La Strada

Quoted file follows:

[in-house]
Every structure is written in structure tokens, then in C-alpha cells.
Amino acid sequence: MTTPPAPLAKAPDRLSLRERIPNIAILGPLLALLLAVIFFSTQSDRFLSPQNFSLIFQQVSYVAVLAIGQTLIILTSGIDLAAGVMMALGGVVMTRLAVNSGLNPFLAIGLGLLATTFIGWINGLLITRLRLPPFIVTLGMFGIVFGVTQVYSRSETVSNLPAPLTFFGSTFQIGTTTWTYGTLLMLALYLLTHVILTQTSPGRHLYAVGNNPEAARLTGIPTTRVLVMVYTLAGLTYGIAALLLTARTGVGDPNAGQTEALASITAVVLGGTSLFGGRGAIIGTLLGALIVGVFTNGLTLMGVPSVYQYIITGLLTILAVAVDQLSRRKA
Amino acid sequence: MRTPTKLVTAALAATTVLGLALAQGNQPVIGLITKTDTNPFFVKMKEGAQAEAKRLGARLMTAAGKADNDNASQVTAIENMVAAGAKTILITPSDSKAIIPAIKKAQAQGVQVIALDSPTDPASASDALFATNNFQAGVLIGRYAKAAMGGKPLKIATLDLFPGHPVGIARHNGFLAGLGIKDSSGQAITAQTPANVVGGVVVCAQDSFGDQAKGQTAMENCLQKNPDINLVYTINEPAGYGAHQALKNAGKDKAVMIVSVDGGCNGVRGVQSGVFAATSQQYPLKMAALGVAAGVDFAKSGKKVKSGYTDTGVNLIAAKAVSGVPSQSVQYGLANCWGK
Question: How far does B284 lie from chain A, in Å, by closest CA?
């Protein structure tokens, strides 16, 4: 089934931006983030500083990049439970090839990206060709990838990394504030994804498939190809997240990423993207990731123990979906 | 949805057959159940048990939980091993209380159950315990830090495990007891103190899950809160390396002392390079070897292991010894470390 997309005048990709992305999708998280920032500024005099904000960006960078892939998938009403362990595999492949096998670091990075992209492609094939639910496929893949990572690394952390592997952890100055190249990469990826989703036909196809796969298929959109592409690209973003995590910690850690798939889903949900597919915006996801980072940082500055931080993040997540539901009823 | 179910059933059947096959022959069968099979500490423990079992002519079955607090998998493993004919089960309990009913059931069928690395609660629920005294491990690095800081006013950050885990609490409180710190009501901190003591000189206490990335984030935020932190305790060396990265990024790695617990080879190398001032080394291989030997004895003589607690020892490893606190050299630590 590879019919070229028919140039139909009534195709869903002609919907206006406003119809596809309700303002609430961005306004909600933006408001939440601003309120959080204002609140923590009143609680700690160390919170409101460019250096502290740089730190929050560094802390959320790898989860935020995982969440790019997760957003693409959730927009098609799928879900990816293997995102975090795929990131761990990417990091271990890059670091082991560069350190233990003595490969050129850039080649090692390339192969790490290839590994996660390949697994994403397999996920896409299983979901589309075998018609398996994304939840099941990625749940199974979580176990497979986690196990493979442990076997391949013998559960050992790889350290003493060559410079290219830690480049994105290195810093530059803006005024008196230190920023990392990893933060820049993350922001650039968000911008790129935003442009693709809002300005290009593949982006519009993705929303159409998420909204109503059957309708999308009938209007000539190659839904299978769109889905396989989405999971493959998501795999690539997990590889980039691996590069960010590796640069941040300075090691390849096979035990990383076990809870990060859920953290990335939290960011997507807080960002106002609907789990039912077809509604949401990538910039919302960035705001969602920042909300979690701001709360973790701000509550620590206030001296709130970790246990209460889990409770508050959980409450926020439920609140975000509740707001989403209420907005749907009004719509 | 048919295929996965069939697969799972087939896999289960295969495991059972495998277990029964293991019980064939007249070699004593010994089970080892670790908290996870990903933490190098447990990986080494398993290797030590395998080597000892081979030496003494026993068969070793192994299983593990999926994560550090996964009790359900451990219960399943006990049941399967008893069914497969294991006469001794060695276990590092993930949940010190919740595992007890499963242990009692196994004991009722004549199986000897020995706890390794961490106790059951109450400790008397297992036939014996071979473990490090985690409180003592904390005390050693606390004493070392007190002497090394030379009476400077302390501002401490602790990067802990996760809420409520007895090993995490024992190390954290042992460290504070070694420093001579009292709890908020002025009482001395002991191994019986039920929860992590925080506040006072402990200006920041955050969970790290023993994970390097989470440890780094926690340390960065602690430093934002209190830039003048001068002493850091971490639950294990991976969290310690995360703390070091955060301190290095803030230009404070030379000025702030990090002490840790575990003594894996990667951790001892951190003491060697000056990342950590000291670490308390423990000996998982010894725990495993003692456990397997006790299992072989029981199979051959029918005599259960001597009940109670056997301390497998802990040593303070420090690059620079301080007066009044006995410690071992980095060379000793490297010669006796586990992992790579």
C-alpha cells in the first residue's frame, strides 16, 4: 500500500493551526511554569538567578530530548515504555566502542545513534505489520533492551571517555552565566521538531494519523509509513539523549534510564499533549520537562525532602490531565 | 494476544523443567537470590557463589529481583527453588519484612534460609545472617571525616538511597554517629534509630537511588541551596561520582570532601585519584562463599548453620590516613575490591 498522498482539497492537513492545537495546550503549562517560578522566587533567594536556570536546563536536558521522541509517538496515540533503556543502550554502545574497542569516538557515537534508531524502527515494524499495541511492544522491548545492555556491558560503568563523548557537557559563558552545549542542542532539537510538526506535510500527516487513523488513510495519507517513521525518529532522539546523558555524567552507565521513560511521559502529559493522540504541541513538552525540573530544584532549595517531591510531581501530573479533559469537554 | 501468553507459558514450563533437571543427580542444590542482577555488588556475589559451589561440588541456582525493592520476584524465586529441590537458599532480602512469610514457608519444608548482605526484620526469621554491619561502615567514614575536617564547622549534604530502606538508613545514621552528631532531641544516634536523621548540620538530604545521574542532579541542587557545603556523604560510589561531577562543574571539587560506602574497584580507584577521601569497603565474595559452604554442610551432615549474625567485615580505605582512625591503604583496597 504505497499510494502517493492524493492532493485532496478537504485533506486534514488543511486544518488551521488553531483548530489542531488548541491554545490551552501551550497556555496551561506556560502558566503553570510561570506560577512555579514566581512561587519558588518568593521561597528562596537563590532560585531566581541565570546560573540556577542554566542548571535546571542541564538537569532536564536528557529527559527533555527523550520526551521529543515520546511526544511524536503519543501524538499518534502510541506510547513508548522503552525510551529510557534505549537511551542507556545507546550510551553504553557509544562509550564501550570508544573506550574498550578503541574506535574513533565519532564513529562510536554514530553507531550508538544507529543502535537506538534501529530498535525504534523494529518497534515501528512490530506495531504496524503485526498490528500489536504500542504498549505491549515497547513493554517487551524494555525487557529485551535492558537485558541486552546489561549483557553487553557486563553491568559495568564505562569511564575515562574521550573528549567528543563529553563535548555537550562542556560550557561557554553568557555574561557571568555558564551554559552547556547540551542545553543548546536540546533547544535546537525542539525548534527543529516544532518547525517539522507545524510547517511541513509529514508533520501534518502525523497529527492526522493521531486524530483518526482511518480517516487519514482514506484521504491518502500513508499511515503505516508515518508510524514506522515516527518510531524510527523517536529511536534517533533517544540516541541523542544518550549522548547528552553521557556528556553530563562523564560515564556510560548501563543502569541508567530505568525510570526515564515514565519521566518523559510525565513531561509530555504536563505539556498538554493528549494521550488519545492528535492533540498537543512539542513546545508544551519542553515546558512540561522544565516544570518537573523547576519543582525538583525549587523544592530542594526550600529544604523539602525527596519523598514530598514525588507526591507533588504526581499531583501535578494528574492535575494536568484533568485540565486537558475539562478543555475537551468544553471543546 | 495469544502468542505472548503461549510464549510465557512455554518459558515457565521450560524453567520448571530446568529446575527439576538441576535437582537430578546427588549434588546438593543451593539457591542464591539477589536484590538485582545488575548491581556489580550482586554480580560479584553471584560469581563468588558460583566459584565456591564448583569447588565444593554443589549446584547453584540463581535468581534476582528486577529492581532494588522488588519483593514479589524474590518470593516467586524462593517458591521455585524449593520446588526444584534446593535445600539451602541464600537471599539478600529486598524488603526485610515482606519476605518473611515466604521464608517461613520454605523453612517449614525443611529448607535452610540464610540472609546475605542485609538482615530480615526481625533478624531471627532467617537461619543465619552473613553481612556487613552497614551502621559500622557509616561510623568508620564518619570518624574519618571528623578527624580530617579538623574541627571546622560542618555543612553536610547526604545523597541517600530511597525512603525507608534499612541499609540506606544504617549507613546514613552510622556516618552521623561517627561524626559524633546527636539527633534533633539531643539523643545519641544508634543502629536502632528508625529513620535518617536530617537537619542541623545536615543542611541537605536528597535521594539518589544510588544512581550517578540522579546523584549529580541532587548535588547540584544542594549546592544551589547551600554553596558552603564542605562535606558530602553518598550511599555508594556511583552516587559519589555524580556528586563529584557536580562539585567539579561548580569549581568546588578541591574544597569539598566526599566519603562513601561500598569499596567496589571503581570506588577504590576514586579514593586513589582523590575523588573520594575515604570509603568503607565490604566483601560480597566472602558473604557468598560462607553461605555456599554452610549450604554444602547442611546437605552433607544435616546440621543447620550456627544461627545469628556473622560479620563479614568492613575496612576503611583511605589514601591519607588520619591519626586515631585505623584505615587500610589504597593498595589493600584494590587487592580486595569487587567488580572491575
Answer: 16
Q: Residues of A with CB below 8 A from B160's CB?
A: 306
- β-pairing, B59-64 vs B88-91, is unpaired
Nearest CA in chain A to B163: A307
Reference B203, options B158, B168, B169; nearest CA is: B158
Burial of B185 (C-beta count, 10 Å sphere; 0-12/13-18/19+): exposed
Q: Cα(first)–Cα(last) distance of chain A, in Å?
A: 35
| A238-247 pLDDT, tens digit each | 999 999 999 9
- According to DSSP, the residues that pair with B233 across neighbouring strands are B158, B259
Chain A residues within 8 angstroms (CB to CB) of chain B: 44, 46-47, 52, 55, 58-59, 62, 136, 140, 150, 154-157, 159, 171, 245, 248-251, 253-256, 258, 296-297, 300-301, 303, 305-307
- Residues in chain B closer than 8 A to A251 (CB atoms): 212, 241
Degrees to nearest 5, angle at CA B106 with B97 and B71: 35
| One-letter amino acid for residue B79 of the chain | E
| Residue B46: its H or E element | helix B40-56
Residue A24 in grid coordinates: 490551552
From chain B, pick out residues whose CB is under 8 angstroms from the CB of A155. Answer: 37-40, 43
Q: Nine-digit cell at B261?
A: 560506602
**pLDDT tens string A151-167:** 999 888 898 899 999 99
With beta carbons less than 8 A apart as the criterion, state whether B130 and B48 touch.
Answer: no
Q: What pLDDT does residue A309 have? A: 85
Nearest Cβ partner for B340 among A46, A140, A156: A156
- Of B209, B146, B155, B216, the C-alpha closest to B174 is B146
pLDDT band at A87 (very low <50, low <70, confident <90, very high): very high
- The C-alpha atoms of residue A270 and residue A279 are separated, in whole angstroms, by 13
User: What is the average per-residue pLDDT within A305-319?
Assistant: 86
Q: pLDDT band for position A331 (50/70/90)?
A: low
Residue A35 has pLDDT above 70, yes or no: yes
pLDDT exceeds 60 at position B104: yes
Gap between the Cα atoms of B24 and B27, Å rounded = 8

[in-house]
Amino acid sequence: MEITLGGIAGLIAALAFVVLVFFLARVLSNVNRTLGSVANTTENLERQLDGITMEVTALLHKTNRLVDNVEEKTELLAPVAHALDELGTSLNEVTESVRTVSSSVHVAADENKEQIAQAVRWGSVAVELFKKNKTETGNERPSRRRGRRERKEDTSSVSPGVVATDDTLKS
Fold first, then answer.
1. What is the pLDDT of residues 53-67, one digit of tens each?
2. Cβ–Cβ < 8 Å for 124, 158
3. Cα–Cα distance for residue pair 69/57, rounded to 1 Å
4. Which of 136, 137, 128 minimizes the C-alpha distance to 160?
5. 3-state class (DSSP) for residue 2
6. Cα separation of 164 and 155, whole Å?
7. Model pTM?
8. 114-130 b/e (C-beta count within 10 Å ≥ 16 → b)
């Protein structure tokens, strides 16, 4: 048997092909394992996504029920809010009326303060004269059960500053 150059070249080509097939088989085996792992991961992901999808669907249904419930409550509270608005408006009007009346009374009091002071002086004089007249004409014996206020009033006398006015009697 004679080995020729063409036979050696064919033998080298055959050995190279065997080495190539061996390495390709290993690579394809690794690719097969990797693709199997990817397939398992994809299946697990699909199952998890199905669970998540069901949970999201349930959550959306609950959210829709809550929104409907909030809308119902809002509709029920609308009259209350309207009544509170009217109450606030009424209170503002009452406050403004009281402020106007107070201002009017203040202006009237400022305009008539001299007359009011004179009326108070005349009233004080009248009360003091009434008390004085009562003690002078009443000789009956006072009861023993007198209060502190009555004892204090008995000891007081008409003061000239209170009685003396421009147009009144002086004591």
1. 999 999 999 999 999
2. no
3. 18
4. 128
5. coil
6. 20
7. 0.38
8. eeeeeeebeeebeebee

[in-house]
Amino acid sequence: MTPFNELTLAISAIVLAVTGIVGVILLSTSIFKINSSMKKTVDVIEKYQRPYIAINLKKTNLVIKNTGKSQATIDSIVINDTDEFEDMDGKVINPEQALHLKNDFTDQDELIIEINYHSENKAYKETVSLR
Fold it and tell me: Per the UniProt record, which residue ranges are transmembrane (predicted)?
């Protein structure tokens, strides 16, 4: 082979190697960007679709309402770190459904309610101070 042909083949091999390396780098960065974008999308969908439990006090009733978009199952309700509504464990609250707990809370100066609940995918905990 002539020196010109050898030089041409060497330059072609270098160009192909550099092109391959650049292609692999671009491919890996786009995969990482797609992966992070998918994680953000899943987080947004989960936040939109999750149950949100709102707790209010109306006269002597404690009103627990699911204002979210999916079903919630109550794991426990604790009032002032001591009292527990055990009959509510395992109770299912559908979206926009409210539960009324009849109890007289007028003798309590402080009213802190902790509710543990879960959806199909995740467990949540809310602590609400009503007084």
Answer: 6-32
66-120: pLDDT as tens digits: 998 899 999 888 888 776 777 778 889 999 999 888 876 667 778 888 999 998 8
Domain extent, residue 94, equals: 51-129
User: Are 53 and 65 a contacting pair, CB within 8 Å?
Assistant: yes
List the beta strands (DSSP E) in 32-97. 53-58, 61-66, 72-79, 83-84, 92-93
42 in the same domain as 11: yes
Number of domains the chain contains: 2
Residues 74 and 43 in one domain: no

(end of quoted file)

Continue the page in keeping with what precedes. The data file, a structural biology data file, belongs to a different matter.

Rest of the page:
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Federico Fellini drew on his own colorful circus background for his 1954 breakthrough film La Strada, the magical tale of love, loss and loneliness that launched him to international stardom. Directing his wife, Giulietta Masina, in the role that made her an arthouse icon, Fellini tells the story of the waifish peasant Gelsominia (the dazzling Masina) and her heartbreakingly stormy relationship with a brutish carnival strongman named Zampanò (Anthony Quinn). When the young Gelsomina is sold by her mother into the employ of Zampanò, who works for a seedy traveling circus, she becomes both an adept carnival performer and the victim of her master’s cruelty. Soon, an emotional triangle erupts with the appearance of Zampanò old rival, the clown/aerialist Matto (Richard Basehart). Appalled at Zampano’s insensitive treatment of Gelsomina, the gentle-natured Matto invites her to run off with him; but Gelsomina, like a faithful pet, refuses to leave the strong man’s side. Eventually Zampano’s volcanic temper erupts once too often, leading to tragic consequences. With La Strada, Fellini left behind many of the familiar signposts of Italian neorealism for a poetic fable of love and cruelty, evoking brilliant performances from his cast and winning the hearts of audiences and critics worldwide. An arthouse smash, La Strada was also the winner of the first official Academy Award for Best Foreign Language Film, awarded in 1956. (Dir. Federico Fellini, 1954, Italy, in Italian with subtitles, 108 mins., Not Rated) 35mm